More to Anoint More of the Sick

Apparently Rita Ferrone’s anointing post got “picked up” at dotCommonweal. Yesterday’s post was more about poking at conservative Catholics putting their brains and truth-telling on hold to spit out the notion at PrayTell. Tonight I’d like to give my opinion and open it up for comments.

The idea has been around for a few decades now. I think the Church’s ministry and mission would be extended by local bishops deputing lay people and deacons to anoint the sick.

The priests I work with in my Northwest parish are diligent about visiting the sick and anointing them. But I cannot recall a parish with more diligent clergy.

I do remember my two years in rural ministry. Having a deacon colleague ready to anoint would have been helpful. My own perspective: it would have been an honor to be an extraordinary minister of anointing and fill the need.

The issue is mainly about serving the needy. Not the protection of institutional aspects. I know FrMichael values the past. But the past also found the Church officially condemning such things as priests presiding at Mass, or hearing private confessions, or bishops moving to a second diocese. All of those traditions fell. I think this one could fall sometime soon, too.

I don’t think it’s a matter of shortage of priests. The Catholic church, in places outside of men’s monasteries, large Christian cities, and seminaries, has usually not enjoyed a glut of clergy. If we are in crisis, it is surely a crisis of discipleship, not ordained ministry. Or perhaps it’s a crisis of needing more courage to move forward in pilgrimage, and leave behind the bunkers and circled wagons.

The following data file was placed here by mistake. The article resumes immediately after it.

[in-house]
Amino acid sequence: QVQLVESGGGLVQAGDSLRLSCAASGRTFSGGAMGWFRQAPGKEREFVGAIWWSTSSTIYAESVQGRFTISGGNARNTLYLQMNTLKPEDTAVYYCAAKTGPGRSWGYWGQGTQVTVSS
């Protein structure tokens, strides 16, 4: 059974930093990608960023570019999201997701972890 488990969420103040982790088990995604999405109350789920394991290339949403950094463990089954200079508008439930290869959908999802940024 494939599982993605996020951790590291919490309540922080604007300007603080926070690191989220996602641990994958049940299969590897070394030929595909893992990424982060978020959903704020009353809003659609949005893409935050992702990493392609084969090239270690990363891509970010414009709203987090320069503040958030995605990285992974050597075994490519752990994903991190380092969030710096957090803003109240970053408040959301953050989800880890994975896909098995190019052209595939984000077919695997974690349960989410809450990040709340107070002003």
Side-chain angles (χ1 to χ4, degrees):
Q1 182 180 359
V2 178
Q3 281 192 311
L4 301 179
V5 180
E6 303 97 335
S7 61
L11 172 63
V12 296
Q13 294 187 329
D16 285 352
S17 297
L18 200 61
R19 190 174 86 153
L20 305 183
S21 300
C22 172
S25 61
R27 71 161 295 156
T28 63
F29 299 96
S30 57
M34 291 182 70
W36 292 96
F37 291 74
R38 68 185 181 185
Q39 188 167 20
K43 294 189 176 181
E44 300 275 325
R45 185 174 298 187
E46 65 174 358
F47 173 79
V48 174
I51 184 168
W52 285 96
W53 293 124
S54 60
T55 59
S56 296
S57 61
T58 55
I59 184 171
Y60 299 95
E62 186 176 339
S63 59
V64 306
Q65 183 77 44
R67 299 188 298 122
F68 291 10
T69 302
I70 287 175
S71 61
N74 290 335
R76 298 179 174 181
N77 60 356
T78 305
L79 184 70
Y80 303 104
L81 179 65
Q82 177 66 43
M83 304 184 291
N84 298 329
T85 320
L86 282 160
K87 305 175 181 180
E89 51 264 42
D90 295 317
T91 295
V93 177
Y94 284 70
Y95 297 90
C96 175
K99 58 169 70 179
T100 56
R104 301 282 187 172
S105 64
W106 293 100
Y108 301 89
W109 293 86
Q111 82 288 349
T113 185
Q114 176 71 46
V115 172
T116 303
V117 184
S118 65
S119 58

At the very least, the point is worth discussing. Openly. seriously. And without insults lofted from either side.

About catholicsensibility

Todd lives in Minnesota, serving a Catholic parish as a lay minister.
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12 Responses to More to Anoint More of the Sick

  1. Liam says:

    Bunkers and circled wagons? Nice try at avoiding lofting insults from each side….

    FWIW, there are ideas that have been around for centuries that are no more viable for the length of it.

    • Todd says:

      The topic is opening up a sacramental practice for discernment. Not lying about what people said about it. Not dodging the issues, theological, historical, or pastoral. But your point about the simplex priesthood (or are we talking viri probati?) suggests that a very wide study of all the sacraments may be needed. I wouldn’t argue against it. But it seems that would scare a lot more people than extraordinary ministers under the discernment of a bishop.

      Jen’s point in her first paragraph is indeed well-taken. There are regions, dioceses, and parishes that have taken conciliar reform in the sacraments more seriously that others. I don’t know that the East is necessarily slow to realize. But it seems that thanks to centers of learning and scholarship in the Midwest, even smaller sees there have done the legwork one doesn’t always see in the East.